An Electrifying Week for New York
| September 30, 2022
Did you hear that? We didn’t think so. It was the hushed sound of hundreds of electric cars, buses, boats, and even lawn equipment out in full force across New York for National Drive Electric Week, a yearly campaign to raise awareness of the many benefits of all-electric and plug-in hybrid vehicles.
In Drive Electric Week events in Buffalo, Schenectady, and Bedford, the NYLCV was on hand educating the public about electric vehicle incentives and green energy resources, meeting with elected officials, and talking about the progress that has been made and the work left to be done in order to electrify New York’s transportation sector. There were test drives, charging stations, e-scooters, e-bikes, e-backhoes and other electric transportation in action. There were games, prizes, music, and an energy that suggested the EV movement is here to stay.
“It is no longer a question of if we make the transition to electric vehicles, but when,” said NYLCV President Julie Tighe addressing a crowd in Buffalo. “New York has made big investments in charging infrastructure–there are now around 2000 public charging stations in New York State, with many more on the way. Then there are the EVolve NY fast-charging stations, where any electric vehicle can charge up in as little as 20 minutes.”
The NYLCV also took the opportunity to highlight the inroads the state legislature made in the 2022 legislative session, including the requirement that all new school bus purchases must be zero-emission starting in 2027 and all school buses statewide must be 100% zero-emission by 2035.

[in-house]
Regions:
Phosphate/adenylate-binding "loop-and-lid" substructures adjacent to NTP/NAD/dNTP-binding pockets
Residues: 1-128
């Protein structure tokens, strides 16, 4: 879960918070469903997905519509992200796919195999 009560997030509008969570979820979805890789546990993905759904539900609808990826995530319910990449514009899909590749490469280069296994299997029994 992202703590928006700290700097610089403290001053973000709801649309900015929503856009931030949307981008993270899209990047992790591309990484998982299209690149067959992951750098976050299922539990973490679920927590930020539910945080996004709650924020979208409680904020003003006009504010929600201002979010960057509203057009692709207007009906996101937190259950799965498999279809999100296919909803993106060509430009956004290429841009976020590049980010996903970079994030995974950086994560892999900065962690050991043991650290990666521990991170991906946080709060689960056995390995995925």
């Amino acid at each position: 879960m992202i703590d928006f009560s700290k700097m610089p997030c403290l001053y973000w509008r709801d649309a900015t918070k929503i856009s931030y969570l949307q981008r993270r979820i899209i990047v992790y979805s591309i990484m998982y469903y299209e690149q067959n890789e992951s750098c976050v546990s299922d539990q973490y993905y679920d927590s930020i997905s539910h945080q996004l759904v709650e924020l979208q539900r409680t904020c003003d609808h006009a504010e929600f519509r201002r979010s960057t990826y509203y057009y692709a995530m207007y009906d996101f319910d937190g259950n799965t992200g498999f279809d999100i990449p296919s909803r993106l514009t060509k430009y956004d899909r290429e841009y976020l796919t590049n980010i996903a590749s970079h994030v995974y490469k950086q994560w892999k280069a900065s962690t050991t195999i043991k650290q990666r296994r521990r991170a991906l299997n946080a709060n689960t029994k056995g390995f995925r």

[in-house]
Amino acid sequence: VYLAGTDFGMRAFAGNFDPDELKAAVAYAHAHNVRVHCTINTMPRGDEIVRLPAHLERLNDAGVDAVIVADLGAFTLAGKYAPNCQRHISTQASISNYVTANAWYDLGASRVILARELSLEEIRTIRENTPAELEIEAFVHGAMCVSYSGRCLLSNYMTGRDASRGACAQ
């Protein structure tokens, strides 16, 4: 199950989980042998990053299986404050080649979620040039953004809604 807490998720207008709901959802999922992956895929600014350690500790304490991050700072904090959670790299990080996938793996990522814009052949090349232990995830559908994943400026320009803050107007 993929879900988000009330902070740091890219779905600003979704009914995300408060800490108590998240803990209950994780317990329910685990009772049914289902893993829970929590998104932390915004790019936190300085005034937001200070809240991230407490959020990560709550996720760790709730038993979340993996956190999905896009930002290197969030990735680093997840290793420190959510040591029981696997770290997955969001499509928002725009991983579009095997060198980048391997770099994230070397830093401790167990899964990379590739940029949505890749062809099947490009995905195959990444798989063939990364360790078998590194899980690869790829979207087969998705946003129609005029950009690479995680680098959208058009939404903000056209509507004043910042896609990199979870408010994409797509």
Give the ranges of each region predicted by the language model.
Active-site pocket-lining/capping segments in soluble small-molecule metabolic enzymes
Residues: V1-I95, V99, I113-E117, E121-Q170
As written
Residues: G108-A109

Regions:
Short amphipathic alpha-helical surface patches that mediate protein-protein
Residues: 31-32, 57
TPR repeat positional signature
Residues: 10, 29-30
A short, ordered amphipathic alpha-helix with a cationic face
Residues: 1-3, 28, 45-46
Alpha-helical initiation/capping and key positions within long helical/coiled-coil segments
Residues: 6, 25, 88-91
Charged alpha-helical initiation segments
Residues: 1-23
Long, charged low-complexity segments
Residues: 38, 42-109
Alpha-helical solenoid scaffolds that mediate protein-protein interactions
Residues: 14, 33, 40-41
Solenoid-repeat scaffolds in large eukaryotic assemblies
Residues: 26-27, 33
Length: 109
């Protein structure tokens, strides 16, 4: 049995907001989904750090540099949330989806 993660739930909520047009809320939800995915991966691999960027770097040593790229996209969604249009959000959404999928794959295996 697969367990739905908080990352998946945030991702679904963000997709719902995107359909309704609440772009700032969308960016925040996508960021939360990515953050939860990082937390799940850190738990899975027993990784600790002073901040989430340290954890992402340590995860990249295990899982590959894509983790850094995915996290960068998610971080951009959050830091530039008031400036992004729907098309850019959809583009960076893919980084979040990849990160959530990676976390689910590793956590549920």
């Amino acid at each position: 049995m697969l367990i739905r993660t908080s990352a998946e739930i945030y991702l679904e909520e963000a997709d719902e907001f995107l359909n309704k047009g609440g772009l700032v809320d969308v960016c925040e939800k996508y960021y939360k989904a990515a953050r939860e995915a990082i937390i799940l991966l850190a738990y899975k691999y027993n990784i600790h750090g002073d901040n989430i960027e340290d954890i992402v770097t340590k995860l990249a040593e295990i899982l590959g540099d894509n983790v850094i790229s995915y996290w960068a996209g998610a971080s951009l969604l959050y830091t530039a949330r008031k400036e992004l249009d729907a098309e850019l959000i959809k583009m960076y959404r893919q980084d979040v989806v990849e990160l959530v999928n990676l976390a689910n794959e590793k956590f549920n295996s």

Then on Thursday, like a bolt of lightning, game-changing news struck when Governor Kathy Hochul announced she would be directing the State Department of Environmental Conservation to take major regulatory action that will require all new passenger cars, pickup trucks, and SUVs sold in New York State to be zero emissions by 2035. This is a crucial regulatory step to achieving significant greenhouse gas emission reductions from the transportation sector and is complemented by new and ongoing investments, including on electric vehicle infrastructure and zero-emission vehicle incentives. It came on the heels of Governor Hochul’s announcement that more than 100 Evolve NY high-speed chargers have been installed across the state.
In her remarks, Tighe noted that there was work to be done before the Electric Vehicle market can truly take off. “While the infrastructure is being put in place, and while the private sector is beginning to see the writing on the wall, we need to do more,” said Tighe. “The market needs to open up further, and to do this we must allow direct-to-consumer sales of Electric Vehicles–it’s a policy that unites environmental, consumer, and free-market interests and is shown to be instrumental in increasing sales at no cost to the taxpayer.”< Back to Citizen’s Toolkit
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